At JavaZone this year, I gave the talk “Computer Vision for mobile Java developers”. Here, I live code finding conference badges in a picture. The coding is iterative and interactive and I use it to illustrate Haar cascades, Canny edge detection, Otsu thresholding, contour detection, erosion and dilation and contour analysis.
In my experience, developing a good algorithm with OpenCV is about setting up yourself for feedback. I read an example image, add one and one processing step to it and display the results as I work. This both works well as a development technique and is a good framework to explain what’s going on.
If you’re looking for an entertaining and practical explanation of OpenCV image processing, this talk covers a lot of ground.
In the middle of changing jobs, I have also been quite busy with the last minute preparations for the Smidig 2008 conference for the Oslo Agile user community (“smidig” being the closest Norwegian translation of “agile”).
The conference be two days of lightning talks before lunch and open spaces after lunch. The program is in the final stages of being finalized as we speak.
There are still a few open seats. We’ve structured the price so that we don’t need to sell out to avoid losing money. But we want to make sure that as many people as possible take advantage of the opportunity to learn and discuss with a large number of other practitioners of agile software development.
I am changing employers. As of October 1st, I will no longer be lead software architect at BBS Nordic. Instead, I will be the chief scientist at the Norwegian division of Steria.
This weekend, I was invited to join my new employer at their gathering at a resort in the south of Norway. I’ve had a chance to speak with a lot of my new colleagues, and I was overwhelmed by the number of skilled, thoughtful and friendly people.
Steria has lots of very talented people, and I’m still looking for the best way to help the organization in my new role. I hope I can personally teach a lot of people the architecture and testing techniques that I’ve learned over the last years, and I hope I can help the people who actually produce the results that are needed at the end of the day get a stronger voice with our management and our customers.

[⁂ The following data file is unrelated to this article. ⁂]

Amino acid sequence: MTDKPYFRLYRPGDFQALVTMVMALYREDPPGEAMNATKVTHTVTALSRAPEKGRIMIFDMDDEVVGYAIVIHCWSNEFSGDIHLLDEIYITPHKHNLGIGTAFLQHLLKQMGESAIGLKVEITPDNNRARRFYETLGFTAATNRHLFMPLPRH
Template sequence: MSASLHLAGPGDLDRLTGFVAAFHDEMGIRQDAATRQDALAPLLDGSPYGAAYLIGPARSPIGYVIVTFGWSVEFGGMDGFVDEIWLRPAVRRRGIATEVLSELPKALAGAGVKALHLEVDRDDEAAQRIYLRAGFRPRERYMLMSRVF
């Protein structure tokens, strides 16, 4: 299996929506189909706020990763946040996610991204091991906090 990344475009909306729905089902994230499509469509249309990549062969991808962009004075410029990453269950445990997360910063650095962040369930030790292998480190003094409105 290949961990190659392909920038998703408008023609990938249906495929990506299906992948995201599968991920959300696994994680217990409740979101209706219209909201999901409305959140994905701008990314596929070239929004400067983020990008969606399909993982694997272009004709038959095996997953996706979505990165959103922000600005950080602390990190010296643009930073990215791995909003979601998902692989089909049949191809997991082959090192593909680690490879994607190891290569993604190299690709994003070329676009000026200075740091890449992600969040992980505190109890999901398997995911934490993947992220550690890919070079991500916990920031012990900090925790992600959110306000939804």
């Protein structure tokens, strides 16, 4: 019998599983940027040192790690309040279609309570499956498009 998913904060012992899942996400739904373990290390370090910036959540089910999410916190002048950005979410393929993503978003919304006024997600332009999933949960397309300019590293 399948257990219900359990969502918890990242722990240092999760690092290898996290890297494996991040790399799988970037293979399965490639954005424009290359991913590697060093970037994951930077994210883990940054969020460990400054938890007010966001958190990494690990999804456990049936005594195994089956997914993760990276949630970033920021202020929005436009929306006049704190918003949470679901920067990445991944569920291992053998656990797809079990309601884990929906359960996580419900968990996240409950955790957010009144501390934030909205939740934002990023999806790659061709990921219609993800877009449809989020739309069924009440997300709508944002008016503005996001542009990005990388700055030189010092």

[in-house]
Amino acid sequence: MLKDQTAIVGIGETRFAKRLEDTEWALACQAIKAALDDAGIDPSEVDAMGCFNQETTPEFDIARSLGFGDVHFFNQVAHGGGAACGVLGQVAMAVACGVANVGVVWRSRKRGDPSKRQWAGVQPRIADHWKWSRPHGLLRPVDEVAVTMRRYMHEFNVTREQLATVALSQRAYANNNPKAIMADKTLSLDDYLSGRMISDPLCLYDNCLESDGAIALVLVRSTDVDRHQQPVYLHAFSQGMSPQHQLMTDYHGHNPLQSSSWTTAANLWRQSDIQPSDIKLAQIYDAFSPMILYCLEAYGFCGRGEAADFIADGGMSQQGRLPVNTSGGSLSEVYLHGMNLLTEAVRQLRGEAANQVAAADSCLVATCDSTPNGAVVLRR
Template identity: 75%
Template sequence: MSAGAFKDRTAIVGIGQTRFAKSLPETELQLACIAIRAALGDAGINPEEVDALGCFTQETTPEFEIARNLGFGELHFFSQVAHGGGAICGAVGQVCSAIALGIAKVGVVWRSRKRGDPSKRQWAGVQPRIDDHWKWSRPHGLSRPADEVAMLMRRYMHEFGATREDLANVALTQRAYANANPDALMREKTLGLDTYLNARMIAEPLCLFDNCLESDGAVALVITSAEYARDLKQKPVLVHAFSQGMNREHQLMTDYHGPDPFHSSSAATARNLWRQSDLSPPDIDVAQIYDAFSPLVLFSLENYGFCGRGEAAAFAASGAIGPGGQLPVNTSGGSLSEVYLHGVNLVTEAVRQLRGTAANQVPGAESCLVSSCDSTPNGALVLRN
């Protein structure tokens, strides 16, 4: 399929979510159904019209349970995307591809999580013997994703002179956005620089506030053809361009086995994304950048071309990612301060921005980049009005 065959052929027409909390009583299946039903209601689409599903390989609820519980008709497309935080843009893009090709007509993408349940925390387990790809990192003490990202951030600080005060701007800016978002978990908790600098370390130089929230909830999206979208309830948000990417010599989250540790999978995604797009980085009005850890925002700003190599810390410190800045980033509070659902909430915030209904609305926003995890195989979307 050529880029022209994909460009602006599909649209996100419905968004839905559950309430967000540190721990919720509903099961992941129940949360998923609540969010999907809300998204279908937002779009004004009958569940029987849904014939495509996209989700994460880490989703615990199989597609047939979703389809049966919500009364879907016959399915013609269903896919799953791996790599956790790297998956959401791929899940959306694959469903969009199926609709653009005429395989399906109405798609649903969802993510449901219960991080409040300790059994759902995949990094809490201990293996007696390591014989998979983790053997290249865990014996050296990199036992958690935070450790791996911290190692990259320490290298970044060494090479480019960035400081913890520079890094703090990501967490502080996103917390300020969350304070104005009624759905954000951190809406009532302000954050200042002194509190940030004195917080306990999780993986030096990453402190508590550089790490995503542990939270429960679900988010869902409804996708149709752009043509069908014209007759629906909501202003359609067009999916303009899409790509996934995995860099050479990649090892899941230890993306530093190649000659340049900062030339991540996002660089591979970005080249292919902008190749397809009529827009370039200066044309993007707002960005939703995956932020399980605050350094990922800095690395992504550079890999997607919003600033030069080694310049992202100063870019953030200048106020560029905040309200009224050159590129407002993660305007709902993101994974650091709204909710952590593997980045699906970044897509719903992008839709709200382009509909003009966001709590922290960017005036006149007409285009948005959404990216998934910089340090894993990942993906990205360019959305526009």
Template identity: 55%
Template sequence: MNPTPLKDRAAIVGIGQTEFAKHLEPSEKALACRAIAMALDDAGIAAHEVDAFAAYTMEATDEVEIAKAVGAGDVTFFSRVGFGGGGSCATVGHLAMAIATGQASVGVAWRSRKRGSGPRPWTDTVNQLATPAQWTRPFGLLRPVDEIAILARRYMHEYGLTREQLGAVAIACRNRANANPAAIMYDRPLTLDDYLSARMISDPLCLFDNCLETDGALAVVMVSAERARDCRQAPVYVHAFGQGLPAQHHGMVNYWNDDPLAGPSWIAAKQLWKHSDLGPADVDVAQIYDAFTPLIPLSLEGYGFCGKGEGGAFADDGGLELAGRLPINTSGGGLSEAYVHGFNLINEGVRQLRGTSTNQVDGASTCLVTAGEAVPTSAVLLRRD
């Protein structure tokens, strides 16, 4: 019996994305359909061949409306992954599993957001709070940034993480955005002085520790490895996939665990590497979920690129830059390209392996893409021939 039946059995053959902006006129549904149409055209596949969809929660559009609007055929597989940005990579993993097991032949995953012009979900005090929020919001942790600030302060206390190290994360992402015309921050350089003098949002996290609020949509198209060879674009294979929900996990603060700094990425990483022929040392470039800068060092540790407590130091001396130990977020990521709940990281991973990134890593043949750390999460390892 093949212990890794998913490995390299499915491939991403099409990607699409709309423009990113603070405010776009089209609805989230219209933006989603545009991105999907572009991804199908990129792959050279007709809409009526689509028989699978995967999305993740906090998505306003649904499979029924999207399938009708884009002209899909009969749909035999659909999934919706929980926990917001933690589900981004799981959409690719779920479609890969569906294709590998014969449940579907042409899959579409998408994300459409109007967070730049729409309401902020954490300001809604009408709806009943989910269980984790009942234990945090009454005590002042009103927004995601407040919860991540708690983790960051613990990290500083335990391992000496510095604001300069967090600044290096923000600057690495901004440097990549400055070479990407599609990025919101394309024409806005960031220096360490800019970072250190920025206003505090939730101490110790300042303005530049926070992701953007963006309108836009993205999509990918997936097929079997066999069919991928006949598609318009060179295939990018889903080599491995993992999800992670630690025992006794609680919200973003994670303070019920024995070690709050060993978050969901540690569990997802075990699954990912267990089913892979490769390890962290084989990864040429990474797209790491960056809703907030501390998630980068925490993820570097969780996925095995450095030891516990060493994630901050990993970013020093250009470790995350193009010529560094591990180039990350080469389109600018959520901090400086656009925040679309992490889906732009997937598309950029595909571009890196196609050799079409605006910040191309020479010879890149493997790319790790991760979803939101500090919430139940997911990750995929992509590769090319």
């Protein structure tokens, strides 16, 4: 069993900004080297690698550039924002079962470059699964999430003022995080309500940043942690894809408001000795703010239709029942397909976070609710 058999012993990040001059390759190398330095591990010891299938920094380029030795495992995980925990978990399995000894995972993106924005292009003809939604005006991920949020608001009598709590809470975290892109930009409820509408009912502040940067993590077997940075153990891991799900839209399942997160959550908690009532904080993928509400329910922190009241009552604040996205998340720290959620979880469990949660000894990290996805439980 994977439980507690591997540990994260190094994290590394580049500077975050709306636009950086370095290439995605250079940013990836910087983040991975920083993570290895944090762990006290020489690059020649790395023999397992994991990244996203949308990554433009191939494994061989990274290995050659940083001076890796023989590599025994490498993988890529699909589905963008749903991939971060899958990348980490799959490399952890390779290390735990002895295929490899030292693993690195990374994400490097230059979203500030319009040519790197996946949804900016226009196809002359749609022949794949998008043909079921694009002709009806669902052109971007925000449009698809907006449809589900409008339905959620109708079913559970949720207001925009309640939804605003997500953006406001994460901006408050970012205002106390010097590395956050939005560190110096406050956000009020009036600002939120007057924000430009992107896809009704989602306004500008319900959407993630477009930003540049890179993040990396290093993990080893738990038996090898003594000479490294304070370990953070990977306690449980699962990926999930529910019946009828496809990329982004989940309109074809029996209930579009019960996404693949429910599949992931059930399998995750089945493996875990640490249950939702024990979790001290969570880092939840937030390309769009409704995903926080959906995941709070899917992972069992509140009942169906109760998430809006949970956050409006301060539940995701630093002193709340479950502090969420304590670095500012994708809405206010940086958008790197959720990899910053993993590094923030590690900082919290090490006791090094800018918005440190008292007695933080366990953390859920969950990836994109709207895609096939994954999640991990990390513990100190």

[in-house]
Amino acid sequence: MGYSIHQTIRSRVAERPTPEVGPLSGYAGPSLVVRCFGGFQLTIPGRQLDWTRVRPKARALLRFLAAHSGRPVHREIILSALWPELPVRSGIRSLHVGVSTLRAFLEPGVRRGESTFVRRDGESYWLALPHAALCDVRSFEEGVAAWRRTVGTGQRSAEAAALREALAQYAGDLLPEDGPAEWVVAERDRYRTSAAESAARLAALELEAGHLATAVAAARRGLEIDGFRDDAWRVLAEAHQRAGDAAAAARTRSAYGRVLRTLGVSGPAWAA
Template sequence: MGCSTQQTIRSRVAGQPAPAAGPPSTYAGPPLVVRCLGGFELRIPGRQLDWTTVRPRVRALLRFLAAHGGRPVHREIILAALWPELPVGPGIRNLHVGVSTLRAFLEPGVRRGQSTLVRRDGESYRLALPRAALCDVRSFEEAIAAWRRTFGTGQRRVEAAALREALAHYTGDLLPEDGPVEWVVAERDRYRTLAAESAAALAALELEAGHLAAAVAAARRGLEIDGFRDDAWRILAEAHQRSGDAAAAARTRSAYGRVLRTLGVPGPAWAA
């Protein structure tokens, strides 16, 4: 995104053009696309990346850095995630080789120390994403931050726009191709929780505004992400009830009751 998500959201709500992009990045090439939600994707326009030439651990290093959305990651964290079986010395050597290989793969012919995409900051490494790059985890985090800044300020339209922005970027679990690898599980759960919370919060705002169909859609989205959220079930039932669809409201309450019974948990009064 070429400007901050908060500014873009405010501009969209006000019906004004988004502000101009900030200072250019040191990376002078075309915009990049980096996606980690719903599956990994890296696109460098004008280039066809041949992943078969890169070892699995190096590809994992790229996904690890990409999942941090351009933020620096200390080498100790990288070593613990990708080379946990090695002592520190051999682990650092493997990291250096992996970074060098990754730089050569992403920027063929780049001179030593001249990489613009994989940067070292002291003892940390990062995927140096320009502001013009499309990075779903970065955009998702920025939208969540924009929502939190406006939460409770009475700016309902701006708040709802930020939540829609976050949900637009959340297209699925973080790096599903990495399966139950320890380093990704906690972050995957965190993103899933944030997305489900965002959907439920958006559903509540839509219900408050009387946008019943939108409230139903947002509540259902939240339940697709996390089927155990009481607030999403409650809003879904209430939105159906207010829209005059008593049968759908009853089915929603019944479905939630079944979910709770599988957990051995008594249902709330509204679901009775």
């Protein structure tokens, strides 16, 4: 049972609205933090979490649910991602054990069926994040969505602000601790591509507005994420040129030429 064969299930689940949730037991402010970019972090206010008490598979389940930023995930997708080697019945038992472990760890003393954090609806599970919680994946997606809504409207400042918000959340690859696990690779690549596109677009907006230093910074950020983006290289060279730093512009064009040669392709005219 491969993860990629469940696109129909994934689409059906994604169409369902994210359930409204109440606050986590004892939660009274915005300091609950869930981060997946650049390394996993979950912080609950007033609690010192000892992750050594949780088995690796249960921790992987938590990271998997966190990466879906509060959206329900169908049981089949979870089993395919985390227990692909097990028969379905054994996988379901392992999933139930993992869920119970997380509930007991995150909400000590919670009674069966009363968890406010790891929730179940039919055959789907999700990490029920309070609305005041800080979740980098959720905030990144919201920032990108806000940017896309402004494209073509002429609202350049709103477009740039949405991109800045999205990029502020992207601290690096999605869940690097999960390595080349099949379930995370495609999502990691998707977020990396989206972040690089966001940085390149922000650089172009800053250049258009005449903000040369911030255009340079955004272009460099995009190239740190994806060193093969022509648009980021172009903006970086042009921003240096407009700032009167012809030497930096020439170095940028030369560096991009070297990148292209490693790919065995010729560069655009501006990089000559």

Watch the thrilling story: What happens when you take a domesticated programmer out of his natural habitat and put him into a new world. Will be be overwhelmed by the differences, or will he be a new invasive species in the foreign ecosystem?
(Yes: I will insist that my proper title should still be JustAprogrammer. How long will I get away with it?)
I just watched another amazing talk from the TED conference. Spencer Wells is a natural public speaker. He talks about where we all, as a species, came from. Amazingly enough, everyone who is alive today share a common ancestor in Africa no more than about 2000 generations, or 60,000 years ago. Wells describes the fascinating questions and their answers, as we know them today.
The TED conference is full of remarkable talks. Here are some of my absolute favorites:
My presentation at JavaZone was riddled with technical difficulties this year. To make a long story short: I learned five minutes before the presentation the the projector would be inoperative for a while (turned out to be 30 minutes). This threw a wrench into my plans, as I had planned to open with a demo.
I have read many times on presentation zen about presenting without slides. But before I stood in front of four hundred people with nothing to look at except me, I didn’t really believe how effective it would be. I’ve never seen a more attentive crowd! Thanks, everybody!
I don’t know if I had dared to throw the slides away if I hadn’t been forced to do so. But my next talk, I want to do without slides, too. This really was a serendipitous mishap.
There will be a video available of the talk, sadly, I forgot this, and spoke in Norwegian when I learned it was an all-Norwegian audience. I will link to the video for my Norwegian readers as soon as it is available.